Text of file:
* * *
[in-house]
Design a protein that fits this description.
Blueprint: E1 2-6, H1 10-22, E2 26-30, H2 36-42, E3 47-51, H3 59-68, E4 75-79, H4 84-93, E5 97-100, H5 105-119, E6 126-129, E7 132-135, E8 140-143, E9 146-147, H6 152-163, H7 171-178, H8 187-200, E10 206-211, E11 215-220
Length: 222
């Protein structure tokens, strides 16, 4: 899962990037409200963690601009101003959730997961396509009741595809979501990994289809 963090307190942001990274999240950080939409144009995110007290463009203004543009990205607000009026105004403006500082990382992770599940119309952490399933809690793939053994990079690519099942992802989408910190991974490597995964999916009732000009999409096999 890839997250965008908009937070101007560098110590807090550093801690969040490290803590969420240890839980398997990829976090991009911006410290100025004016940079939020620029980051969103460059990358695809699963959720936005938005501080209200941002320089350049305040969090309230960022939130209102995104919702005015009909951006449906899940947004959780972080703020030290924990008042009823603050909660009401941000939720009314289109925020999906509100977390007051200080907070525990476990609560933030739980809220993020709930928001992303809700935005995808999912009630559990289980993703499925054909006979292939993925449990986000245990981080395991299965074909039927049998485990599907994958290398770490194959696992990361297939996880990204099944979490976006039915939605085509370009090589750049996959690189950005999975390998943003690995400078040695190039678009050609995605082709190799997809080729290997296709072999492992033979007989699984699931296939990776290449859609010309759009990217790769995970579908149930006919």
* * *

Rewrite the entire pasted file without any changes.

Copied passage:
[in-house]
Design a protein that fits this description.
Blueprint: E1 2-6, H1 10-22, E2 26-30, H2 36-42, E3 47-51, H3 59-68, E4 75-79, H4 84-93, E5 97-100, H5 105-119, E6 126-129, E7 132-135, E8 140-143, E9 146-147, H6 152-163, H7 171-178, H8 187-200, E10 206-211, E11 215-220
Length: 222
């Protein structure tokens, strides 16, 4: 899962990037409200963690601009101003959730997961396509009741595809979501990994289809 963090307190942001990274999240950080939409144009995110007290463009203004543009990205607000009026105004403006500082990382992770599940119309952490399933809690793939053994990079690519099942992802989408910190991974490597995964999916009732000009999409096999 890839997250965008908009937070101007560098110590807090550093801690969040490290803590969420240890839980398997990829976090991009911006410290100025004016940079939020620029980051969103460059990358695809699963959720936005938005501080209200941002320089350049305040969090309230960022939130209102995104919702005015009909951006449906899940947004959780972080703020030290924990008042009823603050909660009401941000939720009314289109925020999906509100977390007051200080907070525990476990609560933030739980809220993020709930928001992303809700935005995808999912009630559990289980993703499925054909006979292939993925449990986000245990981080395991299965074909039927049998485990599907994958290398770490194959696992990361297939996880990204099944979490976006039915939605085509370009090589750049996959690189950005999975390998943003690995400078040695190039678009050609995605082709190799997809080729290997296709072999492992033979007989699984699931296939990776290449859609010309759009990217790769995970579908149930006919």